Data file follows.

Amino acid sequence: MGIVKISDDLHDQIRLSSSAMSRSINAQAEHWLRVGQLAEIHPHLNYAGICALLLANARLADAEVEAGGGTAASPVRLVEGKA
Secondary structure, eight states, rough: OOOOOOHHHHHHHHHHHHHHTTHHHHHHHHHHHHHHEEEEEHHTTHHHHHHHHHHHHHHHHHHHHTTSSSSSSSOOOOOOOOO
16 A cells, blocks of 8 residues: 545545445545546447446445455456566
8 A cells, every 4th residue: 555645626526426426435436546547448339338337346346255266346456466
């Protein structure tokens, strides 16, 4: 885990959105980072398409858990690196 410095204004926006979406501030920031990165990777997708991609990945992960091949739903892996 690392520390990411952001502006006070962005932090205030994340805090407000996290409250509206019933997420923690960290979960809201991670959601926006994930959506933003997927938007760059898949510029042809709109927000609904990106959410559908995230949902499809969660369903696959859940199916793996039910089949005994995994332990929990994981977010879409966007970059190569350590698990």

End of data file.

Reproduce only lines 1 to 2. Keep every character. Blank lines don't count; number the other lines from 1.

Amino acid sequence: MGIVKISDDLHDQIRLSSSAMSRSINAQAEHWLRVGQLAEIHPHLNYAGICALLLANARLADAEVEAGGGTAASPVRLVEGKA
Secondary structure, eight states, rough: OOOOOOHHHHHHHHHHHHHHTTHHHHHHHHHHHHHHEEEEEHHTTHHHHHHHHHHHHHHHHHHHHTTSSSSSSSOOOOOOOOO